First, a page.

I live with my two dogs on the edge of the university research forest, where I walk everyday and think and pray. I have taught at Oregon State University since 1986 and have been a Catholic deacon since 1987. I have written a number of books, including two books of poetry. My second book of poems, THE NEXT THING ALWAYS BELONGS, was published in 2011 by Airlie Press.
When I Hear My Daughter’s Voice on the Radio
When I hear my daughter’s voice on the radio, clear and light
and true, I think of St. Clare, who is the patron saint of broadcasting,
because once when she was ill and couldn’t leave the monastery,
she saw faint, ghostly images of the mass flickering on the wall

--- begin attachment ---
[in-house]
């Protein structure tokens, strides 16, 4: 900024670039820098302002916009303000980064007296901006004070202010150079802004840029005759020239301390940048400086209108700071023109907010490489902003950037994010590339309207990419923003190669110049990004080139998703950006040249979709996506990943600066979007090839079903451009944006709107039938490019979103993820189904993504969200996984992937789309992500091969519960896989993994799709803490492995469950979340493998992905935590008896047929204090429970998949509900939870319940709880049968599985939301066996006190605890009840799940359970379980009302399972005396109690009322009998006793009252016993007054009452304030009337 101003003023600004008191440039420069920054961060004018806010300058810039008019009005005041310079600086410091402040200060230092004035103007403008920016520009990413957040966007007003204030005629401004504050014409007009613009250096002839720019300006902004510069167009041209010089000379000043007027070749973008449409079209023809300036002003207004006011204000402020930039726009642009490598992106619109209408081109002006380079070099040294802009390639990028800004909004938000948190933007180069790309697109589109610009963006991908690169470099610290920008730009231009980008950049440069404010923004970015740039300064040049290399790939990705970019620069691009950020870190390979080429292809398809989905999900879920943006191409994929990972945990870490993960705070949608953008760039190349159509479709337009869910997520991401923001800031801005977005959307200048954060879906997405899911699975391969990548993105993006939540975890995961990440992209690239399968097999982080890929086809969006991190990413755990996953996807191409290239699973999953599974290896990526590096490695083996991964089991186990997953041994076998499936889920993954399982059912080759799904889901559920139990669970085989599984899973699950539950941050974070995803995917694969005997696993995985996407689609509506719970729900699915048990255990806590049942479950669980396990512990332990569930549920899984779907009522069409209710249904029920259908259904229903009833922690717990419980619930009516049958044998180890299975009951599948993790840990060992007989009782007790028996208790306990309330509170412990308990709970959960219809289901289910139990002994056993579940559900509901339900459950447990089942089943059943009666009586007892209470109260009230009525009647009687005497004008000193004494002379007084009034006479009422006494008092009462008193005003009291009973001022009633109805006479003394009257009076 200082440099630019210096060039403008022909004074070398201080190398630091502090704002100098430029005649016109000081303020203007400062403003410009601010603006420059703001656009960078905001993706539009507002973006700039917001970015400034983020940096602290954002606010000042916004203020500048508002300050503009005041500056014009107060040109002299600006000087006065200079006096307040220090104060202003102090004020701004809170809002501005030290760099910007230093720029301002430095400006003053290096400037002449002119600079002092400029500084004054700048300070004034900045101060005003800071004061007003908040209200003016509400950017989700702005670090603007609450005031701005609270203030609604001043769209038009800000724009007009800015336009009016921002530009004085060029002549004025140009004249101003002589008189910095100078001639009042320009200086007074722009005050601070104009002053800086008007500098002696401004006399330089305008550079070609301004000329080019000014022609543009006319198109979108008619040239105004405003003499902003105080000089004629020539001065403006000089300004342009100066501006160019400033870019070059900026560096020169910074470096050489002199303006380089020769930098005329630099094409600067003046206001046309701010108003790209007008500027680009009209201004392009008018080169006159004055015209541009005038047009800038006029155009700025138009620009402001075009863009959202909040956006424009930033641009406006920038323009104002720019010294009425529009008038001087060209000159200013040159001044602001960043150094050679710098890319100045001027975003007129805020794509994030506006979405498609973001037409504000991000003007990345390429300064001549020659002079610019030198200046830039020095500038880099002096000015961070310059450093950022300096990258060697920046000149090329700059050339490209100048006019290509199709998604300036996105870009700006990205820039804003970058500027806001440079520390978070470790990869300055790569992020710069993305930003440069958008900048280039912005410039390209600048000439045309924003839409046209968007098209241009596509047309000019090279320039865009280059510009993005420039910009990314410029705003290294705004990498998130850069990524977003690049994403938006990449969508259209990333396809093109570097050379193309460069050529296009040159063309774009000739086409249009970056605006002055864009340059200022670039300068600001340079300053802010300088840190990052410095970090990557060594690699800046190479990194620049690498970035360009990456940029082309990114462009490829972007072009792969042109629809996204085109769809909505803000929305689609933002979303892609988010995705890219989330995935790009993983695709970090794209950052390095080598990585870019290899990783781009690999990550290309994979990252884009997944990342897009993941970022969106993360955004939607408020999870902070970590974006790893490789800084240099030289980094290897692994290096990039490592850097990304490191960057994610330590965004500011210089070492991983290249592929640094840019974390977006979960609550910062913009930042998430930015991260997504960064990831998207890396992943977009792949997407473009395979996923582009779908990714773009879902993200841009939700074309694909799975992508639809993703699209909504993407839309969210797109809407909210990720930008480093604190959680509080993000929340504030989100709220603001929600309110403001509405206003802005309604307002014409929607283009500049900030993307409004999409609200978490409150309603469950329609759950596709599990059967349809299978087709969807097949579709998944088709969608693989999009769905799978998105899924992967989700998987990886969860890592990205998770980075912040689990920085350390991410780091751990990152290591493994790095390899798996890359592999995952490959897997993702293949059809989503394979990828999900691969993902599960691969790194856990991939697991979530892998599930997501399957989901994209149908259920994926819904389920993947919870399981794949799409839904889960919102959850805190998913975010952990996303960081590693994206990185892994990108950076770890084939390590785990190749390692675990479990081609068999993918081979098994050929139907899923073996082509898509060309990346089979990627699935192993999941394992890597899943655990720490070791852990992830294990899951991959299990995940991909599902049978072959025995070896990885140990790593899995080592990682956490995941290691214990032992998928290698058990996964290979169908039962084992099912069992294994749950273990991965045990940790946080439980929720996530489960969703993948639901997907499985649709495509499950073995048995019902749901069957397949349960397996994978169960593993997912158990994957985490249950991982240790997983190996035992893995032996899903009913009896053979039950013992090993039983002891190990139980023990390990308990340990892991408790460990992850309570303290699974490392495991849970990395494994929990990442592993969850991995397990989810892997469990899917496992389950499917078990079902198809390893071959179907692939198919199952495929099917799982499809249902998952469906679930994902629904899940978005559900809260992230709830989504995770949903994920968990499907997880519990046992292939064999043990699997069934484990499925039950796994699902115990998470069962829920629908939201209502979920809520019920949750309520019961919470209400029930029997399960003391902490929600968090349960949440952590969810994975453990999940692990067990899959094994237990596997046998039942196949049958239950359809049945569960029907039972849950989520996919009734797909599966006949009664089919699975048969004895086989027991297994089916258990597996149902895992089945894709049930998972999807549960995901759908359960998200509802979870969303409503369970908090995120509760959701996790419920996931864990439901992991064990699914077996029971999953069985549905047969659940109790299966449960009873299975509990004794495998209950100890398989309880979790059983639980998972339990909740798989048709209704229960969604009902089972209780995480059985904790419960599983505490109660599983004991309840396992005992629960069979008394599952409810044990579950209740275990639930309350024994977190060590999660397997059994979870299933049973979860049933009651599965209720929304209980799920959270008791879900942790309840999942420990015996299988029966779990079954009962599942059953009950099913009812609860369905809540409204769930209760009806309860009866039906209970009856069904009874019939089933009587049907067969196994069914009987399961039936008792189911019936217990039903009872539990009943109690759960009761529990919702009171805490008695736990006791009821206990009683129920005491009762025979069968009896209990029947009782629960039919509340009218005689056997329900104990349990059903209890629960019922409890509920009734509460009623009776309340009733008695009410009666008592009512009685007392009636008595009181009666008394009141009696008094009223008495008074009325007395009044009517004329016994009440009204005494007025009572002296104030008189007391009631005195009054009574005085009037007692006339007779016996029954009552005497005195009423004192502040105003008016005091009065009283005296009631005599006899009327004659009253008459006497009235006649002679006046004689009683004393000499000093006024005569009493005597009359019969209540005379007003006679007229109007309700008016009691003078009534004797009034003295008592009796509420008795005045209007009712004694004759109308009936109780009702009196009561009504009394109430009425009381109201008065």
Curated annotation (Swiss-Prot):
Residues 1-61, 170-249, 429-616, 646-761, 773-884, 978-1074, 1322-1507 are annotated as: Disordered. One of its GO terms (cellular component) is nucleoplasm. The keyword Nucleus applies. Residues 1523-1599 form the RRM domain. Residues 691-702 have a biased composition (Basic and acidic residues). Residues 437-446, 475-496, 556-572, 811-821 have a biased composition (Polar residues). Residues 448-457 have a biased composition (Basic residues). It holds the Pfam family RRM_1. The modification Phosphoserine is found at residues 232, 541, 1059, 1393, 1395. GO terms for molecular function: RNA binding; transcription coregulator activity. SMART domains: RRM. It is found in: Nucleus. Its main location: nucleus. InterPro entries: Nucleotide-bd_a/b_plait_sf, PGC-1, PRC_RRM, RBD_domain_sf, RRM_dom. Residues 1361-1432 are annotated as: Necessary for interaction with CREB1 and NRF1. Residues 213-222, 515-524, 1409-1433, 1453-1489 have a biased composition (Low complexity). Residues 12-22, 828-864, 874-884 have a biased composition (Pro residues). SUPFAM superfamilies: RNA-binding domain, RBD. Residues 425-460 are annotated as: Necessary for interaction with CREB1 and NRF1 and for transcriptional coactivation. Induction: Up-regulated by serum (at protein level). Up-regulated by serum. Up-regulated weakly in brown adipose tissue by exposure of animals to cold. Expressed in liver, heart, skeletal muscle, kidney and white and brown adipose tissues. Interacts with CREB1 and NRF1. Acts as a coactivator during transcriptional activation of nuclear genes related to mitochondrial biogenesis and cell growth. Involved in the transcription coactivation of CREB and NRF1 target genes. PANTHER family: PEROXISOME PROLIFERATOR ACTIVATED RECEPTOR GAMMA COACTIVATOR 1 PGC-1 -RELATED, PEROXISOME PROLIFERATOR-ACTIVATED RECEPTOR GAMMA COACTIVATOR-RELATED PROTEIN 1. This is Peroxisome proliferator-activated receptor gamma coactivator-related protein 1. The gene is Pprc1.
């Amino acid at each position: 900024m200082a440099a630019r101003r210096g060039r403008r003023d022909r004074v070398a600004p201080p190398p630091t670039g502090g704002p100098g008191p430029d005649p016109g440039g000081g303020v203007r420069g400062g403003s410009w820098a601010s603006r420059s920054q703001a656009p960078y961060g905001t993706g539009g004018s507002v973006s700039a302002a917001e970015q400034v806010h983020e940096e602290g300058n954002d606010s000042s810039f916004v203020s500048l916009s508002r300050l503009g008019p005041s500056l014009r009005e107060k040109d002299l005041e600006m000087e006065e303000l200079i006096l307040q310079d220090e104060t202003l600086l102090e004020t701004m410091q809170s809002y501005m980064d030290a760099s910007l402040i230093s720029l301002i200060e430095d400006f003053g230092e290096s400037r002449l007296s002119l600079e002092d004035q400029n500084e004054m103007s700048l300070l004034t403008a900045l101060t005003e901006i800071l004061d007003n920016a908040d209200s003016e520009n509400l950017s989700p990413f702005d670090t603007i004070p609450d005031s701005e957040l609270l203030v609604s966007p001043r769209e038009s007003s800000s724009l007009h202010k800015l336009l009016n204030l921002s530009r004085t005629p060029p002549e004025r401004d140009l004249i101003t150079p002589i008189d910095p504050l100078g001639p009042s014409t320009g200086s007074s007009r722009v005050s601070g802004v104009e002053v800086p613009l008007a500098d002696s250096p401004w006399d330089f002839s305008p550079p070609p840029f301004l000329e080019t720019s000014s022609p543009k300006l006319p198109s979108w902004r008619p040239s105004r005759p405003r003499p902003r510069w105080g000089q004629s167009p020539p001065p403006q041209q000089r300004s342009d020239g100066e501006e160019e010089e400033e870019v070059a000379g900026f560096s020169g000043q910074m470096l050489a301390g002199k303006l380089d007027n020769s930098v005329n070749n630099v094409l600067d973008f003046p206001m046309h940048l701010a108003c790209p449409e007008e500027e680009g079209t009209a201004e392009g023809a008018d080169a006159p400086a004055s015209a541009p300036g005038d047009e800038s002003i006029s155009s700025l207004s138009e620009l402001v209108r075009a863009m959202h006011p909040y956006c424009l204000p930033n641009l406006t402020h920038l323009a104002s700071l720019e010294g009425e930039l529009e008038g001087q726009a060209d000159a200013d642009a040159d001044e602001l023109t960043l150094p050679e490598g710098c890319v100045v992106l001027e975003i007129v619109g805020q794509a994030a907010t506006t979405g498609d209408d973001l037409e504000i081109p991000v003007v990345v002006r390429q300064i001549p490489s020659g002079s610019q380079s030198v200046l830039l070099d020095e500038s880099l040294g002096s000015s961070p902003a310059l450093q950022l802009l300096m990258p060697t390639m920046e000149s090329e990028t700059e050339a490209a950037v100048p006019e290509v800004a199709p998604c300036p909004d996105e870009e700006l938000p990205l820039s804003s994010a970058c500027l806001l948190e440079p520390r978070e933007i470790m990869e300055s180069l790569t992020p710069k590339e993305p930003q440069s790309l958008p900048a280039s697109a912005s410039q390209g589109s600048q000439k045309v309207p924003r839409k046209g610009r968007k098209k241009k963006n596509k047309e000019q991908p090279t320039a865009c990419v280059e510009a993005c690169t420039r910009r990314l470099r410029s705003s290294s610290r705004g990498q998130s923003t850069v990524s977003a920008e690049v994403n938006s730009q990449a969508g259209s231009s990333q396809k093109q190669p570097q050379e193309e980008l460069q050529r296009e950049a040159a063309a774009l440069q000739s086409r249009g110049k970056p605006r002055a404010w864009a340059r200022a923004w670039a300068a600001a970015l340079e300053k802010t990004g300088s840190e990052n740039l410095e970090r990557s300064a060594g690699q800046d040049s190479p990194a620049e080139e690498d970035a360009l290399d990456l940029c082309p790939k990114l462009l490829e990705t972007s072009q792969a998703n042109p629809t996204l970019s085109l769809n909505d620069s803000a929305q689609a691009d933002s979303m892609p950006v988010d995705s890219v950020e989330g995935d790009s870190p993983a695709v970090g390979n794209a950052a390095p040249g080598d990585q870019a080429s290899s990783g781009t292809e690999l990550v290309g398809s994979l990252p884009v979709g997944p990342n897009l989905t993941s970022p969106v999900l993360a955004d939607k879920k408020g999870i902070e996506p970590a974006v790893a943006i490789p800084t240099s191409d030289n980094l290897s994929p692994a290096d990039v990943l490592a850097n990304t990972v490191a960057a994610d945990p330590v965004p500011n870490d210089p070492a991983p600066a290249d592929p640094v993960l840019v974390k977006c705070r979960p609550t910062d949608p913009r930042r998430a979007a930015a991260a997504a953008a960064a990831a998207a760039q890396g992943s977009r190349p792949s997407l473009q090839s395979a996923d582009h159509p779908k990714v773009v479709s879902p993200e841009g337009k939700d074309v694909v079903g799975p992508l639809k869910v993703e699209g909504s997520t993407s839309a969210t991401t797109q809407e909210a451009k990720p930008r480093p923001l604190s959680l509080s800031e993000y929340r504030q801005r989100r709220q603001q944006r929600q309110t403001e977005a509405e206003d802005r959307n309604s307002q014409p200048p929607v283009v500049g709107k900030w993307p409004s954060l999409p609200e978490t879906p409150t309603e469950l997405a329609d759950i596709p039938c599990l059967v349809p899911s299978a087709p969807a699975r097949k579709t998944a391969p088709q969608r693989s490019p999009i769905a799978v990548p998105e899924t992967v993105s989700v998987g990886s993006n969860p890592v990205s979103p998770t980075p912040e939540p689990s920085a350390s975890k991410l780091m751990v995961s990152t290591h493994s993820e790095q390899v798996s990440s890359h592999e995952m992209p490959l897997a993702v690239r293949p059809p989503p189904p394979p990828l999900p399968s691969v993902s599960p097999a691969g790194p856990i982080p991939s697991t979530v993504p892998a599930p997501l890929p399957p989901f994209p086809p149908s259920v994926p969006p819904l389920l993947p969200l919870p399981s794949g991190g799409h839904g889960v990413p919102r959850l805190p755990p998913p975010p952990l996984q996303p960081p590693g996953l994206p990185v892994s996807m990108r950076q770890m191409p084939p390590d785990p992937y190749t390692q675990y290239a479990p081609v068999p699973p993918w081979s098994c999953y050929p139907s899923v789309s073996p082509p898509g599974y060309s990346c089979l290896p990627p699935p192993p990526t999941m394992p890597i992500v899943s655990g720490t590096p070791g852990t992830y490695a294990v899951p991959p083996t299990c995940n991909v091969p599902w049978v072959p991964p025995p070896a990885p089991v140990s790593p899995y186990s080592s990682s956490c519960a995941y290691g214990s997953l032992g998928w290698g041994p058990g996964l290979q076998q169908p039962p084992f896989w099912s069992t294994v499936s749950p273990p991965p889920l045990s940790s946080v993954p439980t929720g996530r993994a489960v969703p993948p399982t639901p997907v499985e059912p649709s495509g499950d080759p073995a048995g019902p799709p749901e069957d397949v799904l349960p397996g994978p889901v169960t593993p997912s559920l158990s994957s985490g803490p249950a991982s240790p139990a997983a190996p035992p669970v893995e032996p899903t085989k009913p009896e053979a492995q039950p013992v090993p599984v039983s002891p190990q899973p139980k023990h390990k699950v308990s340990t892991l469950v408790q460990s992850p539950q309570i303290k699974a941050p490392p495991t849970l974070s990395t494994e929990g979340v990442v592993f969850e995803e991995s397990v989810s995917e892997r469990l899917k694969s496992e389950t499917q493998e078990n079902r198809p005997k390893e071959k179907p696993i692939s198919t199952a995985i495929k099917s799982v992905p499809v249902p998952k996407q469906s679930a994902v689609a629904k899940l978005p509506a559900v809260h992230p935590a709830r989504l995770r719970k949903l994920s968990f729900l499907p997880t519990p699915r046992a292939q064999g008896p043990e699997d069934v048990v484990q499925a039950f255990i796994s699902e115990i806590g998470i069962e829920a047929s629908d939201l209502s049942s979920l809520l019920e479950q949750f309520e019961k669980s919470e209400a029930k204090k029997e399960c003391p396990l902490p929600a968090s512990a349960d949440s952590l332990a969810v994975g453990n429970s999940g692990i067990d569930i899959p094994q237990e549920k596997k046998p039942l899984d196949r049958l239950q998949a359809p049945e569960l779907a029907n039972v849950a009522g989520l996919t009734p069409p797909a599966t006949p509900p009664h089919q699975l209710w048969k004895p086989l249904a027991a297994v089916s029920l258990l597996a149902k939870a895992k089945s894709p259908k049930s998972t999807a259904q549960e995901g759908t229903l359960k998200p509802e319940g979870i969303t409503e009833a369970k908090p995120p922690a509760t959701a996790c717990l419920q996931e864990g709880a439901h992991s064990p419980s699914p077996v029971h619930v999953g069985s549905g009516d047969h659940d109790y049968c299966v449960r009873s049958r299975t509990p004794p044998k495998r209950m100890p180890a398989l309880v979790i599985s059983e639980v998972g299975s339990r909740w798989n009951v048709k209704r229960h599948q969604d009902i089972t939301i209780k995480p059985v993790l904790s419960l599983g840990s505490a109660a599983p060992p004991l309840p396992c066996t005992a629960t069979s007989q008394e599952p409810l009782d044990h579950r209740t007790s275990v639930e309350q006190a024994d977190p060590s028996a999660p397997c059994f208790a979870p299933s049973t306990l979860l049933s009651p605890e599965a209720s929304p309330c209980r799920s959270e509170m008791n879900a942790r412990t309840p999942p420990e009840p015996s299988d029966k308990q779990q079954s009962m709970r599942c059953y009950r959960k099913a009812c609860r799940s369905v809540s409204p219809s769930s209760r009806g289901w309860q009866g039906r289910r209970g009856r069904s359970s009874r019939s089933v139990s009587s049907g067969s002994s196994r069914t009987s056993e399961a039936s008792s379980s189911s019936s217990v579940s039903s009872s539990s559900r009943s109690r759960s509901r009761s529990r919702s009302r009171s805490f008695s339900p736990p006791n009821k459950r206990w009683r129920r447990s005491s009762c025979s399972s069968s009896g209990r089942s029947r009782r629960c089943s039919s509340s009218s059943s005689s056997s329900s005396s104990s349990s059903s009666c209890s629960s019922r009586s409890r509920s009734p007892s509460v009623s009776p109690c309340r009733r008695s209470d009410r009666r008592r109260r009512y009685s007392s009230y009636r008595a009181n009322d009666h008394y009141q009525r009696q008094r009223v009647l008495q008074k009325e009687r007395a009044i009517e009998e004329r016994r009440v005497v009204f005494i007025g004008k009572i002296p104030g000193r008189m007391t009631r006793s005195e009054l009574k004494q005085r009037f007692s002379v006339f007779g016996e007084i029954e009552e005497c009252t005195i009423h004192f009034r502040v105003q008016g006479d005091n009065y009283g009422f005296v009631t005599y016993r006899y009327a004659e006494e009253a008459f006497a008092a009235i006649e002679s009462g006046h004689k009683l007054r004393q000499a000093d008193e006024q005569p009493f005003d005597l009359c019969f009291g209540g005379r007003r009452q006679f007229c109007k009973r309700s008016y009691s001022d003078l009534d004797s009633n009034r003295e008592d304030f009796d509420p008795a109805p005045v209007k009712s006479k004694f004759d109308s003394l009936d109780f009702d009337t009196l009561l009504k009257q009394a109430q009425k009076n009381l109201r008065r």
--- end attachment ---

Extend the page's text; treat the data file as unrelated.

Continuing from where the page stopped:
of her cell. The raising of the cup. The pious villagers, looking up.
She is the patron saint of absence. Of distance. In Assisi once
I saw what they claimed was her ash blonde hair, great, thick curls
of it, heaped in a glass box with a golden lid, and I see no reason
this couldn’t be true, this couldn’t be hers, across all the centuries.
We saw the shoes of St. Francis, too, tiny, like slippers, stained
with blood, and the coarse brown habit he wore, and on the mountain,
in a cave, the narrow shelf where he slept, curled up like a baby.
There’s no telling what it is possible for us to feel. I think of the day
Maggie and I were walking by the track at the middle school—
she was four—and before I knew it she was running. She had decided
to take off. When I looked up I saw her in the distance, rounding
the curve, her little arms pumping, her wispy hair floating behind her.
As if she was really going somewhere. As if she would ever return.
-first published in Pleiades
©2015 Chris Anderson